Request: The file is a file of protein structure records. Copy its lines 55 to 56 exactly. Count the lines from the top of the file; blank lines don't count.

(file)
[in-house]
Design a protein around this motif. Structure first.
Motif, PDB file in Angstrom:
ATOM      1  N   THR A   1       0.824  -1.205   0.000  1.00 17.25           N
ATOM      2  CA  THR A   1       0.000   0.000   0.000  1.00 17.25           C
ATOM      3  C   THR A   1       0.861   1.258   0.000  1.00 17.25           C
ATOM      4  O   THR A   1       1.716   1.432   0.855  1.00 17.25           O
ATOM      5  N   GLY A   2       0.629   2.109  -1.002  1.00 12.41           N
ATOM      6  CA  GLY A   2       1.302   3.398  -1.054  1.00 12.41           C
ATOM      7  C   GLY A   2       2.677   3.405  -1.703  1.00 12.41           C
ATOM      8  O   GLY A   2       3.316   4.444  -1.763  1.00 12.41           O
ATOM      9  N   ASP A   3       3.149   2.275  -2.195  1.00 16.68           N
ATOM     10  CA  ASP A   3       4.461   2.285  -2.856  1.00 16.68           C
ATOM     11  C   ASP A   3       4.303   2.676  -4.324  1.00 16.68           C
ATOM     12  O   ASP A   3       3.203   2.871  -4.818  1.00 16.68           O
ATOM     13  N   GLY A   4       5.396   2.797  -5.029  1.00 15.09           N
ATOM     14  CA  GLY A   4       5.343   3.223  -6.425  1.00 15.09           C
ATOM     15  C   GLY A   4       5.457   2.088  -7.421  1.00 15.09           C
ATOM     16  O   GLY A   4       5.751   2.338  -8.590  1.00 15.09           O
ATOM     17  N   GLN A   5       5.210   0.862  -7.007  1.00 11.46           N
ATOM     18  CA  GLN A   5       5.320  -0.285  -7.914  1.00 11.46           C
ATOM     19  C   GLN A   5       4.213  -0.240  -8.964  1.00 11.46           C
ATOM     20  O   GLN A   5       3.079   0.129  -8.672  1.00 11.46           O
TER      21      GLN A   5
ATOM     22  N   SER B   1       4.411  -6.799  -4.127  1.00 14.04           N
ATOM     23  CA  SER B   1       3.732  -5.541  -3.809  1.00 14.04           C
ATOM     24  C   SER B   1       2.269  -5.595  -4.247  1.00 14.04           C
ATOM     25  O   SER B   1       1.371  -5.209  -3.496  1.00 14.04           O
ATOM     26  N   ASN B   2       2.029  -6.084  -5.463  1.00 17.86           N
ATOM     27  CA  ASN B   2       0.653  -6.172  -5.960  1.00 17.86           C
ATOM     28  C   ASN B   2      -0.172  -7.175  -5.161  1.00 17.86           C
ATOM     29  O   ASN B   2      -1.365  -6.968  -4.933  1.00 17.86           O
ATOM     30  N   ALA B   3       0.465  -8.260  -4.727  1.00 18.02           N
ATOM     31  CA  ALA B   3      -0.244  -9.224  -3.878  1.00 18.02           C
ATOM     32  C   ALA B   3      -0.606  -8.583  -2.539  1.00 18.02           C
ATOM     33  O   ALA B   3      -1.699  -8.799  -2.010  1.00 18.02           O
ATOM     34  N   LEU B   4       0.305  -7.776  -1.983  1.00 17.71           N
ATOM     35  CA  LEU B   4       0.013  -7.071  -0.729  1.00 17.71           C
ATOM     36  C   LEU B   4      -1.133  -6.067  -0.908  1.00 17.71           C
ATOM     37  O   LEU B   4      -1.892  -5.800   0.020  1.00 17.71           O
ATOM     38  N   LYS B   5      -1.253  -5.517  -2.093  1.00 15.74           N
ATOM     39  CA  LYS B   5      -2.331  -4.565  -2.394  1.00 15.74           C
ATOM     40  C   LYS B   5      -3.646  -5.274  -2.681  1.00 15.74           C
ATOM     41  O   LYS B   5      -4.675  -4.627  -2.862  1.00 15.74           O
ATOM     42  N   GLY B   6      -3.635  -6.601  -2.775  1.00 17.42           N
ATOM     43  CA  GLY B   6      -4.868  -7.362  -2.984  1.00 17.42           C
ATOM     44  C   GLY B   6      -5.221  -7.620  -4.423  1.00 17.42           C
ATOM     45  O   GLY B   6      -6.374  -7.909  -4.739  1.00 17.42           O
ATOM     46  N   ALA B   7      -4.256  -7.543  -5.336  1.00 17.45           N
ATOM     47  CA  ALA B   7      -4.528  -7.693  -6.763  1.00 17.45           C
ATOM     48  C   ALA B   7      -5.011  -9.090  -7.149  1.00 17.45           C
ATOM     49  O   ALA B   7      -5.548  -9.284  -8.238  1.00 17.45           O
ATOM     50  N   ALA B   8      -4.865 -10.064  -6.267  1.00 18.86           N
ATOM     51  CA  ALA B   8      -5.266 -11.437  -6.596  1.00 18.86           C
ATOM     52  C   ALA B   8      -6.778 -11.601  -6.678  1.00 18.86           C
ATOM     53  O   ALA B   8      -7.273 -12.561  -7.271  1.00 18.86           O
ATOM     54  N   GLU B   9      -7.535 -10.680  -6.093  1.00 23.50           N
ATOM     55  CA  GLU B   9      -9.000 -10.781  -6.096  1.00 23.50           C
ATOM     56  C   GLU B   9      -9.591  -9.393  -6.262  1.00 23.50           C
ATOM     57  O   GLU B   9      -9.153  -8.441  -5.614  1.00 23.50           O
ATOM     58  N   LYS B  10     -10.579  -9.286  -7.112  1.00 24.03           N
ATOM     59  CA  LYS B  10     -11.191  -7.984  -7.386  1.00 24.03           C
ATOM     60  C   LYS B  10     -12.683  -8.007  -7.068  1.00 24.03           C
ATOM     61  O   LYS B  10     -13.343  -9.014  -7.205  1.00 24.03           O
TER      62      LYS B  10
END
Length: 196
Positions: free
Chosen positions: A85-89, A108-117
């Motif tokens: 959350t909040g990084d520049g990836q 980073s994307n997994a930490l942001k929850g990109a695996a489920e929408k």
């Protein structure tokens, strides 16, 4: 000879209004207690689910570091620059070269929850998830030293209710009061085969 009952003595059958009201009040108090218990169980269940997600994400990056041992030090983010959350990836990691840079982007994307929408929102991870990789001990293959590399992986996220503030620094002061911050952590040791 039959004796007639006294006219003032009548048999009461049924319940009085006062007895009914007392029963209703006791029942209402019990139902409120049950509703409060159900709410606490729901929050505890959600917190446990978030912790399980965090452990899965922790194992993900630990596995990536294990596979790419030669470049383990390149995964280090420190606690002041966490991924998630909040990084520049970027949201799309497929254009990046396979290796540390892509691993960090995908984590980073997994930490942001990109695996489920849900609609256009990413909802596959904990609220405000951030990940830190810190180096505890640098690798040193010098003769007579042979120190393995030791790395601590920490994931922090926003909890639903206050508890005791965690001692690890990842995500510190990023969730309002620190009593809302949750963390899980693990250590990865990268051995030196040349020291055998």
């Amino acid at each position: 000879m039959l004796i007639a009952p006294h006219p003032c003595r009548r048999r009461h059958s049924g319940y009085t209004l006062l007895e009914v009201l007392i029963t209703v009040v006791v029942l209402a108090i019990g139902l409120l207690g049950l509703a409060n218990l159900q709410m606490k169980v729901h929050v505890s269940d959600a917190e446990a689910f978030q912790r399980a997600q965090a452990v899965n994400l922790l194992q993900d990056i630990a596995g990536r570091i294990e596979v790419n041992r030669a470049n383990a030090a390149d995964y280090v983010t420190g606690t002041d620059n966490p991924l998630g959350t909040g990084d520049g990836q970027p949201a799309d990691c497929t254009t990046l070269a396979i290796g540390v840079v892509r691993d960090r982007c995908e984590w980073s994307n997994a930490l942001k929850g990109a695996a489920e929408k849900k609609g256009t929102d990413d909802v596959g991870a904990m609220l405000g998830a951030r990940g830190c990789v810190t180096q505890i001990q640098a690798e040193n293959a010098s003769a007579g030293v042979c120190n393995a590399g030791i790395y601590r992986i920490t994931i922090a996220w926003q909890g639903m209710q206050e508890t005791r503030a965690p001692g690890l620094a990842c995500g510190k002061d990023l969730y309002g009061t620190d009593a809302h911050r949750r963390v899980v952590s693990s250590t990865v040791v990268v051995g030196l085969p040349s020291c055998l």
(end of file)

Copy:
ATOM     52  C   ALA B   8      -6.778 -11.601  -6.678  1.00 18.86           C
ATOM     53  O   ALA B   8      -7.273 -12.561  -7.271  1.00 18.86           O